By David Magallanes
OXNARD, CA — As I walk across campus at the community college where I teach, I sometimes get the impression that I can almost hear my own footsteps as I walk toward my classroom or to an office I need to visit. In the parking lots, students actually have plenty of parking to choose from (there’s always an upside…). I almost feel as if, compared to the boom times of yesteryear, I’m in a ghost town.
Well, I don’t exactly see tumbleweeds blowing across the fields (though I used to when the college was first built), but we just don’t have the number of students we used to have. And not because they don’t want to attend. It’s just that we don’t have the classes for them due to budget cuts.
I tried looking up some late statistics on the college web site, but the last ones posted were for Spring 2011. I noted that our student population was at a peak in 2008, and then — right about the time the recession hit — we started our decline in student population.
The budget cuts have not yet fully impacted us. We’re scheduled to see more devastation in the coming months. Not just classes, but sports, cafeterias and student services are being slashed and burned throughout the county’s colleges because the state is no longer funding them, or because the college district considers them a lower priority than other aspects of education.
At our college, we recently found that we’re losing a chunk of our arts and other programs next semester. I’ve sensed the system collapsing around me for the past couple of years, and every time I think it can’t get worse, it does.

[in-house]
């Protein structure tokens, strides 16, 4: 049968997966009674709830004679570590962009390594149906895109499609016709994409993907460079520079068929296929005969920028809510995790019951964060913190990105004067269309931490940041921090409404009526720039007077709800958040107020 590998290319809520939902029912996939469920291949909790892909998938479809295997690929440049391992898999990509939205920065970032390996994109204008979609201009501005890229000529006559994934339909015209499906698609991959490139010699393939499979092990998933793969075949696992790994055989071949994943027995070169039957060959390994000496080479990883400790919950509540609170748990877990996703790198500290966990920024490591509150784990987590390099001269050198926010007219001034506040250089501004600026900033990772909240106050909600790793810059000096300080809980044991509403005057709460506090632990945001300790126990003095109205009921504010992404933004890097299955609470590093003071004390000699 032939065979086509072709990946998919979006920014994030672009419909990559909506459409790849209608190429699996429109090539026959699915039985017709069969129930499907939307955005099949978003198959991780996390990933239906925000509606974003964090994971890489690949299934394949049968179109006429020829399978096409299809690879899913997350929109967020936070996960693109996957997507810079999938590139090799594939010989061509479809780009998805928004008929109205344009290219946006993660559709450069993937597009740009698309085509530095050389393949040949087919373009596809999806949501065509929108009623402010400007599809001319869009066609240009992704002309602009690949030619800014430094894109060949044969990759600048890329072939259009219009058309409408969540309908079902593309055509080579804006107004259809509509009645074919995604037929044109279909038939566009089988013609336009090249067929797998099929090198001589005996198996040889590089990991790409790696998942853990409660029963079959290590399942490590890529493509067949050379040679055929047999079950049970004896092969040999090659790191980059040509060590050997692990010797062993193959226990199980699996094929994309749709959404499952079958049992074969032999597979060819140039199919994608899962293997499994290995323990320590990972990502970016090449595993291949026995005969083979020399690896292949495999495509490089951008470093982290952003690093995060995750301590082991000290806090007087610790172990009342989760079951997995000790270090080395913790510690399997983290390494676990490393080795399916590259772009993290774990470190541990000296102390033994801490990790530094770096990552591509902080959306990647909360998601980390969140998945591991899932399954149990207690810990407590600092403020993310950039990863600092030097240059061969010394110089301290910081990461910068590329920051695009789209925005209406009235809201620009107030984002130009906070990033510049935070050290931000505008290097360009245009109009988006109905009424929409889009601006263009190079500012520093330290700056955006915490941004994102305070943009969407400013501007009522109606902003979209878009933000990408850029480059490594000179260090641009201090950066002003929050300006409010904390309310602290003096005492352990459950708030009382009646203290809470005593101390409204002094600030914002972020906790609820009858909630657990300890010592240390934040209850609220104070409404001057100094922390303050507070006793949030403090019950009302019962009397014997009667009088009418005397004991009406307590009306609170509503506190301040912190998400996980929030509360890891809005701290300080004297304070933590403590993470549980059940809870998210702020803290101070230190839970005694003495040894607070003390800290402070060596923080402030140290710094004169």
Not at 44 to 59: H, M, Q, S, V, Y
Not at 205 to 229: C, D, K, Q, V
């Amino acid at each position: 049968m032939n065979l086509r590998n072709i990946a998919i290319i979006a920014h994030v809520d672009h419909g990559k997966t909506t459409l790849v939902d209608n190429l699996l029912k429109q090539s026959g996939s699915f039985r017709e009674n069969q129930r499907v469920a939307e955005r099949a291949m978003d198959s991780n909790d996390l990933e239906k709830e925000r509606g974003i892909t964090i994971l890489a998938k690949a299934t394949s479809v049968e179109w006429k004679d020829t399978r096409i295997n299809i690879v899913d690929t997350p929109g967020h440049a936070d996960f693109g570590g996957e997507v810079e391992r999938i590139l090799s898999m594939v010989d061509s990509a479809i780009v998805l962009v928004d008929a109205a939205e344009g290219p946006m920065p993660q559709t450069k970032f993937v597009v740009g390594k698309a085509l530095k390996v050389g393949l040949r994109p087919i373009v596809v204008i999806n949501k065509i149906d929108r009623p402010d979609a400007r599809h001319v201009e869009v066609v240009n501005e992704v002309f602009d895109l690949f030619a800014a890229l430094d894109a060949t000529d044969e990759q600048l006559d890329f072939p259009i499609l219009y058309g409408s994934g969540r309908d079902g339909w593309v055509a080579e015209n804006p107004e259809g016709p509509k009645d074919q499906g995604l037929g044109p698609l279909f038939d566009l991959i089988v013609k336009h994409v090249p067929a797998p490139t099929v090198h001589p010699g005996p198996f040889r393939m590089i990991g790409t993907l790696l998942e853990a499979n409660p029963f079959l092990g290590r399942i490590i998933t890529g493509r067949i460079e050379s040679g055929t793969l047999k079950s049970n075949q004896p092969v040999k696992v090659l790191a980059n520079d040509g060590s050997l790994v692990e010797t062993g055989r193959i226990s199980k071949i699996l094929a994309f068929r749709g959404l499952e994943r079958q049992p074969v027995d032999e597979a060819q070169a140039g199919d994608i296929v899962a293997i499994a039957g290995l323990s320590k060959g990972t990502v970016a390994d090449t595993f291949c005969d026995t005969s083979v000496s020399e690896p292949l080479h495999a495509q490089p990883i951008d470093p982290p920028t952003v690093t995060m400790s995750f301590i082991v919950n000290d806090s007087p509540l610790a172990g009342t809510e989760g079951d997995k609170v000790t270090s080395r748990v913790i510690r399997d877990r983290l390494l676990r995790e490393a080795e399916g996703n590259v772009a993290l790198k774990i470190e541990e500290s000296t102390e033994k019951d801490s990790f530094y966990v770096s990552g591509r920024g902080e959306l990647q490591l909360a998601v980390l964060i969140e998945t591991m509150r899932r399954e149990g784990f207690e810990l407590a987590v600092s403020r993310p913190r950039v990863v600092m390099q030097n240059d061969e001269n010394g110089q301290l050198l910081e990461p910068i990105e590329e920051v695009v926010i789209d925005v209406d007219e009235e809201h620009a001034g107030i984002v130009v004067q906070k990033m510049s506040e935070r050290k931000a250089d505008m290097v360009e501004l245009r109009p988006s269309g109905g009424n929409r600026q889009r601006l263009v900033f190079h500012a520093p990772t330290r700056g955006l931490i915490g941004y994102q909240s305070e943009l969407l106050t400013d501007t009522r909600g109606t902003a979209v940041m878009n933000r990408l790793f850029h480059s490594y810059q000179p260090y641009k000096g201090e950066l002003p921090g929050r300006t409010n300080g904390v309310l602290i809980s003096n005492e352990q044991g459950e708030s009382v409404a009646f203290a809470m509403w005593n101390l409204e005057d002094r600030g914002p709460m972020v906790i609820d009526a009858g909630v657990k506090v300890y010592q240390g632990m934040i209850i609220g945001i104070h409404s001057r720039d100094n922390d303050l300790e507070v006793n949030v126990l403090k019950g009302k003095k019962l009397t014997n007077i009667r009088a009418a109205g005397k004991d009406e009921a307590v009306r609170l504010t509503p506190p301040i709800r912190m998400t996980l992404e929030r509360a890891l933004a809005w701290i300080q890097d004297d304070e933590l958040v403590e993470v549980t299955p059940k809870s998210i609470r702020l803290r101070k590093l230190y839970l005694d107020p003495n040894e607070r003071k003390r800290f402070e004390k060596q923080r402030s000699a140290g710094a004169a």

I see my students “freeway-flying” around the county — and surrounding counties — to different colleges both within and without the district, trying to get the classes they need to graduate.
I see students without cars who can’t possibly commute between cities to do this, even if they want to, because we live in Southern California, where taking a bus is so time-inefficient that it’s not even worth it in many cases for those who have tight schedules — like students.
I also see students crushed by the daunting prospect of funding a university education, assuming they can even get the classes they need.
I have engineering students in my classes who couldn’t even get into the comparable classes on their university campus because they were blocked from doing so by the sheer numbers of students already taking those few precious seats. I hear of education graduates who are ready to teach in our classrooms, but can’t find job positions open and available at our K-12 schools.
I read about companies hiring engineers from other countries, especially China and India, because we don’t grow enough of our own expertise. We can’t expect to train engineers and scientists if we don’t have the classes and the support for them.
Our K-12 schools are creaking under the burden of all the testing they are obligated to do, and of all the students with so many needs; as a result, inspiring students with the arts or the beauty of mathematics or the wonders of science, or teaching them to handle their own finances, or how to repair an automobile, although to some extent accomplished, is necessarily secondary.
I hear of graduates with masters degrees working far below their level of preparation because they can’t find the employment to which they had aspired.
I sense a hint of despair in the general college student population because they don’t know if all their efforts are going to pay off. On the contrary, they wonder if they will be saddled with a student debt that they can’t possibly repay. Taking on student debt becomes a gamble of a lifetime…
Finish reading Commentary: Is U.S. education unraveling?